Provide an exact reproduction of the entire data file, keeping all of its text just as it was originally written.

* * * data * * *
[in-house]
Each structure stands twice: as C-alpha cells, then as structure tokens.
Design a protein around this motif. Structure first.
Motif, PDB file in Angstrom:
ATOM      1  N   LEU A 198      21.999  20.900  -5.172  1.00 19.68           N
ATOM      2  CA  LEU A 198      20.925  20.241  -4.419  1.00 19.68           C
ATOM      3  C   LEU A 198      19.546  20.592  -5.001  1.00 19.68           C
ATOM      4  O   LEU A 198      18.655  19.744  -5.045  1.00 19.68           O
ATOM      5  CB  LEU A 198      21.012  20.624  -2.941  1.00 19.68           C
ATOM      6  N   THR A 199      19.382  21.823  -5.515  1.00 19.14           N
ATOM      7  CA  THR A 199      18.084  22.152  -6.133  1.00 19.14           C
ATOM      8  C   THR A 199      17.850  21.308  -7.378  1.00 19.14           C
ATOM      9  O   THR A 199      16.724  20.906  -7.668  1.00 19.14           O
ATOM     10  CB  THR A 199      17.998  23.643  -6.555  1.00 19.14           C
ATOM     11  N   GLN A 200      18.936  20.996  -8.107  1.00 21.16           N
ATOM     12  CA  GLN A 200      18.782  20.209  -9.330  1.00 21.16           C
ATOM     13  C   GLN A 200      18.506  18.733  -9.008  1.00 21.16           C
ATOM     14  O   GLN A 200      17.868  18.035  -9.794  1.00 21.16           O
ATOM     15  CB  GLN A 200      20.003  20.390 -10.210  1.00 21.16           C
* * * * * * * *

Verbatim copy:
[in-house]
Each structure stands twice: as C-alpha cells, then as structure tokens.
Design a protein around this motif. Structure first.
Motif, PDB file in Angstrom:
ATOM      1  N   LEU A 198      21.999  20.900  -5.172  1.00 19.68           N
ATOM      2  CA  LEU A 198      20.925  20.241  -4.419  1.00 19.68           C
ATOM      3  C   LEU A 198      19.546  20.592  -5.001  1.00 19.68           C
ATOM      4  O   LEU A 198      18.655  19.744  -5.045  1.00 19.68           O
ATOM      5  CB  LEU A 198      21.012  20.624  -2.941  1.00 19.68           C
ATOM      6  N   THR A 199      19.382  21.823  -5.515  1.00 19.14           N
ATOM      7  CA  THR A 199      18.084  22.152  -6.133  1.00 19.14           C
ATOM      8  C   THR A 199      17.850  21.308  -7.378  1.00 19.14           C
ATOM      9  O   THR A 199      16.724  20.906  -7.668  1.00 19.14           O
ATOM     10  CB  THR A 199      17.998  23.643  -6.555  1.00 19.14           C
ATOM     11  N   GLN A 200      18.936  20.996  -8.107  1.00 21.16           N
ATOM     12  CA  GLN A 200      18.782  20.209  -9.330  1.00 21.16           C
ATOM     13  C   GLN A 200      18.506  18.733  -9.008  1.00 21.16           C
ATOM     14  O   GLN A 200      17.868  18.035  -9.794  1.00 21.16           O
ATOM     15  CB  GLN A 200      20.003  20.390 -10.210  1.00 21.16           C